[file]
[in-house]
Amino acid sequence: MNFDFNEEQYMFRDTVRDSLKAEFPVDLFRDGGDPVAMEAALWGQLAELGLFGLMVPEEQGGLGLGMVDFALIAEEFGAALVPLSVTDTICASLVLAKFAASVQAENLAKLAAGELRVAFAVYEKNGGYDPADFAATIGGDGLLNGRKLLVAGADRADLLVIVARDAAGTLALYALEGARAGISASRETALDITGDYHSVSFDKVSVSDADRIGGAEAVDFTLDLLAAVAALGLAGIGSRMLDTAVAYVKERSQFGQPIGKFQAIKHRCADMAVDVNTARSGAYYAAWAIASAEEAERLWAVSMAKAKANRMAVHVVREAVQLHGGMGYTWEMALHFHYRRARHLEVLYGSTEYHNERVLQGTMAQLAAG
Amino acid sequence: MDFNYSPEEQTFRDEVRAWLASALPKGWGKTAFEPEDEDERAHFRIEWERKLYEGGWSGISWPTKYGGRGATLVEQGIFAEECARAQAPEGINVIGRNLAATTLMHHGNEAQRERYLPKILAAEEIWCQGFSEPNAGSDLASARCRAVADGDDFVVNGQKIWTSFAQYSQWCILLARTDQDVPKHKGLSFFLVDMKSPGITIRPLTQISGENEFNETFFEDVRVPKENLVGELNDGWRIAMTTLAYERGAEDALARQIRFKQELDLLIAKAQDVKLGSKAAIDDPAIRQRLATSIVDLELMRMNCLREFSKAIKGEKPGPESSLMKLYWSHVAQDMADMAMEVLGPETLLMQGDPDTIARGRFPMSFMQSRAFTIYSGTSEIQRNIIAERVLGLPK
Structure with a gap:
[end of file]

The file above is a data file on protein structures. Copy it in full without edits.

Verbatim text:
[in-house]
Amino acid sequence: MNFDFNEEQYMFRDTVRDSLKAEFPVDLFRDGGDPVAMEAALWGQLAELGLFGLMVPEEQGGLGLGMVDFALIAEEFGAALVPLSVTDTICASLVLAKFAASVQAENLAKLAAGELRVAFAVYEKNGGYDPADFAATIGGDGLLNGRKLLVAGADRADLLVIVARDAAGTLALYALEGARAGISASRETALDITGDYHSVSFDKVSVSDADRIGGAEAVDFTLDLLAAVAALGLAGIGSRMLDTAVAYVKERSQFGQPIGKFQAIKHRCADMAVDVNTARSGAYYAAWAIASAEEAERLWAVSMAKAKANRMAVHVVREAVQLHGGMGYTWEMALHFHYRRARHLEVLYGSTEYHNERVLQGTMAQLAAG
Amino acid sequence: MDFNYSPEEQTFRDEVRAWLASALPKGWGKTAFEPEDEDERAHFRIEWERKLYEGGWSGISWPTKYGGRGATLVEQGIFAEECARAQAPEGINVIGRNLAATTLMHHGNEAQRERYLPKILAAEEIWCQGFSEPNAGSDLASARCRAVADGDDFVVNGQKIWTSFAQYSQWCILLARTDQDVPKHKGLSFFLVDMKSPGITIRPLTQISGENEFNETFFEDVRVPKENLVGELNDGWRIAMTTLAYERGAEDALARQIRFKQELDLLIAKAQDVKLGSKAAIDDPAIRQRLATSIVDLELMRMNCLREFSKAIKGEKPGPESSLMKLYWSHVAQDMADMAMEVLGPETLLMQGDPDTIARGRFPMSFMQSRAFTIYSGTSEIQRNIIAERVLGLPK
Structure with a gap: